A highly customised Debian designed for video and audio professionals, how exactly does it differ from other distros? And does it deliver?
AV Linux 6.0 came out towards the end of last
year after an apparently difficult development
period. AV Linux does take a while to iterate,
though, and there were some big changes from
version 5 to 6 – such as switching from Linux
kernel 2.x to 3.x for better hardware support,
and some major updates to all the packages.
A point update has been released for 6.0 now,
which includes some minor upgrades and bug
fi xes throughout the distro and its apps.
AV Linux comes as a fully functional, livebooting OS, perfect for writing onto a USB stick
or live CD and using it where you can. It does also
include a fairly basic installation function, which
gives you just enough control to partition your
system and then install the distro to it. While it
isn’t as pretty or user-friendly as some of the
major distros, it does the job and explains what
you need to be doing at each of the steps. This
includes giving instructions on how it wants the
hard drive partitioned before letting you launch
into GParted to do it. The biggest hassle during
installation in general is changing locale and
keyboard if you’re not American.
One of the things that make it great as a live
distro is its many extra drivers for a lot of
proprietary audio and video hardware, such as
sound cards, graphics cards, MIDI controllers
and more. These are all carried over through
to the installed version and you can then start
customising which versions of the drivers you
want to use, and keep them. This allows you
to get the most out of your system for AV work
without having to set it up every time. There are
also a lot of sound-card utilities that allow you
to edit the levels through a variety of different
applications with different effects to the sound
input, although it seems to prefer you use one at
a time rather than a combination.
Speaking of sound input, AV Linux’s realtime kernel is one of the distro’s best features
for professional audio engineers. The real-time
tag on boot allows for a much lower latency
while recording audio, keeping things a lot more
accurate than the standard Linux kernel. You
can remove this if needed, though, as the realtime kernel does take up a few more resources
than usual, noticeably slowing down our test
machine while it was activated.
There are several boot-time cheat codes that you
can apply on boot, one of which is the -rt option
that enables the real-time kernel. By default,
there are options to enable threaded IRQs, which
aids in the audio latency, as well turning off the
hugepages memory management feature.
Disabling hugepages is apparently another
step in keeping the latency low, but it causes
memory-heavy applications such as video
editors to not work as smoothly. There’s also an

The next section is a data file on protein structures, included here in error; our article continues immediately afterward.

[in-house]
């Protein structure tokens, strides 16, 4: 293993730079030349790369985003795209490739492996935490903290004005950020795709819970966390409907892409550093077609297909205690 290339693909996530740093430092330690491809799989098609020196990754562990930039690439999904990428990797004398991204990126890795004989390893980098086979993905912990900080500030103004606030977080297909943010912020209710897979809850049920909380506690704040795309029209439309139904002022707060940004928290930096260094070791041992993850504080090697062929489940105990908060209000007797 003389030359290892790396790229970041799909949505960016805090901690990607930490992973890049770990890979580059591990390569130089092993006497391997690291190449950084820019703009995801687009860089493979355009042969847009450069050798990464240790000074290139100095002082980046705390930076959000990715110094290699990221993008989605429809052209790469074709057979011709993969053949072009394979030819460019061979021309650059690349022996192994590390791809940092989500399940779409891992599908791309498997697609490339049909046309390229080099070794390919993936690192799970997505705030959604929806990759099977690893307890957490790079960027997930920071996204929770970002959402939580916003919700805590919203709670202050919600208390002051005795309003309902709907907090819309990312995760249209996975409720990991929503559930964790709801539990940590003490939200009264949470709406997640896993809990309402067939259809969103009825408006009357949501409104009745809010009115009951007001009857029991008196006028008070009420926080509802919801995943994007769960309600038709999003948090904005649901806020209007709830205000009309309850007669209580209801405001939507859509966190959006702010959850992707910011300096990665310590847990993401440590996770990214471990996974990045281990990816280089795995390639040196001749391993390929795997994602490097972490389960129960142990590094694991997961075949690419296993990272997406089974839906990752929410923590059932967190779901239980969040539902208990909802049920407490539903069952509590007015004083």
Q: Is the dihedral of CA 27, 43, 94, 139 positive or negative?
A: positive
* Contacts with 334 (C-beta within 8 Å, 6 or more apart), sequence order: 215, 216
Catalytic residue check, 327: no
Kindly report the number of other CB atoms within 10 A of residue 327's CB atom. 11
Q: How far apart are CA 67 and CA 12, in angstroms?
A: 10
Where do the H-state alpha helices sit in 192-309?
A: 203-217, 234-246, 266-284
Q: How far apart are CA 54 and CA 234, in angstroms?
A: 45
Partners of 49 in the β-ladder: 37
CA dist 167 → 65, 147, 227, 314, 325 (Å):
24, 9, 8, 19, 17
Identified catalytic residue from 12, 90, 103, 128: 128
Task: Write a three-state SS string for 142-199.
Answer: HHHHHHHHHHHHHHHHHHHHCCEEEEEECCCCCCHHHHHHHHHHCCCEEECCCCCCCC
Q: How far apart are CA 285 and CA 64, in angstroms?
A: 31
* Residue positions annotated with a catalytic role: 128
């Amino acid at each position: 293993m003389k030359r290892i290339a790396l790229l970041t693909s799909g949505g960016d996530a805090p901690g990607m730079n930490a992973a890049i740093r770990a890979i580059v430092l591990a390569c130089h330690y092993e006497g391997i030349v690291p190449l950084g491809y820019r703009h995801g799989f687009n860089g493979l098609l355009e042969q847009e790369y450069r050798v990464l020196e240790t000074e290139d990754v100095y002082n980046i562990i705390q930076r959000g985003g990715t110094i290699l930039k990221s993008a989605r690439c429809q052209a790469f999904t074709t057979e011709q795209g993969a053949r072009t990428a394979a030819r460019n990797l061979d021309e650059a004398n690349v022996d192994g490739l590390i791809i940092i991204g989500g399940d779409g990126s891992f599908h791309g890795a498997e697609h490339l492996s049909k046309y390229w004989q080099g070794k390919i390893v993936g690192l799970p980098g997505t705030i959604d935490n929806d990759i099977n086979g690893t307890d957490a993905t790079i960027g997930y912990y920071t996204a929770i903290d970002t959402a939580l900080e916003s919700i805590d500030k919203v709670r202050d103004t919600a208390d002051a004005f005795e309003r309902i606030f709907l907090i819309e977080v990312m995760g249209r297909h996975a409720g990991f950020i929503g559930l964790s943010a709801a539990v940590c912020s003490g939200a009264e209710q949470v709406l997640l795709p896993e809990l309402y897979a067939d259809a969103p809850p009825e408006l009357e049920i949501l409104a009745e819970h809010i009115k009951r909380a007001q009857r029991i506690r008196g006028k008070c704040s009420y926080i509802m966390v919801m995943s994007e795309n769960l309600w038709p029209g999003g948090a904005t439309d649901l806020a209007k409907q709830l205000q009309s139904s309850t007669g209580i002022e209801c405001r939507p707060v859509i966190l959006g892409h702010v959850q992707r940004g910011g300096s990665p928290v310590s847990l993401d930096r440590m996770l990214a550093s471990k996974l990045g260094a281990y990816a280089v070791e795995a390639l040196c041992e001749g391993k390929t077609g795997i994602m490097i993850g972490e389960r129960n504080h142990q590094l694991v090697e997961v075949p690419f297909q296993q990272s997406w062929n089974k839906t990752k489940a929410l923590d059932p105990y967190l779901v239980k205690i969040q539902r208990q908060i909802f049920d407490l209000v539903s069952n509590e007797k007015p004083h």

option known as noautogroup that allows for the
desktop to work a little better, even when CPUintensive operations are under way.
One of the upsides of AV Linux is the sheer
amount of audio, image and video editing
software pre-installed onto the distro.
Mainstays such as GIMP, Audacity and Cinelerra
are joined by 3D modellers like Blender, and
other video editors for different skill levels such
as OpenShot and Kdenlive. The full LibreOffice
suite is also available in case you need to write
or present something, and of course a full
complement of internet browsers, messaging
clients and media players are included to round
out the experience. All this is especially helpful
for the live version of the distro, as it’s all there
without preconfiguring, and there’s a lot of
extra utilities and tools that would take a long
time to set up and customise to this extent.
However, you can make a hybrid bootable USB
key using current system settings to create a
more personalised version of the live distro,
with software installed or removed using the
standard Debian packages it’s based on.
It’s generally a fantastic editing suite. The use
of LXDE and its policies on screensavers means
it can eke every bit of power from your system
to make sure latency and rendering are the
best possible. And on top of that, it gives you
a huge amount of control over the way the
hardware interacts with the distro to optimise
the system even further. It does use a lot of
non-free software to achieve this, though –
unfortunately this is more of a problem with the
entertainment industry than anything else, but
allows people to do the kind of work they want to
use AV Linux for.
Possibly the perfect audio editing suite based on Linux,
especially for one that’s ready out of the box so
to speak. The real-time kernel option is a great
feature for sound engineers, reducing audio
latency, and there’s a lot of driver and hardware
control for everyone else.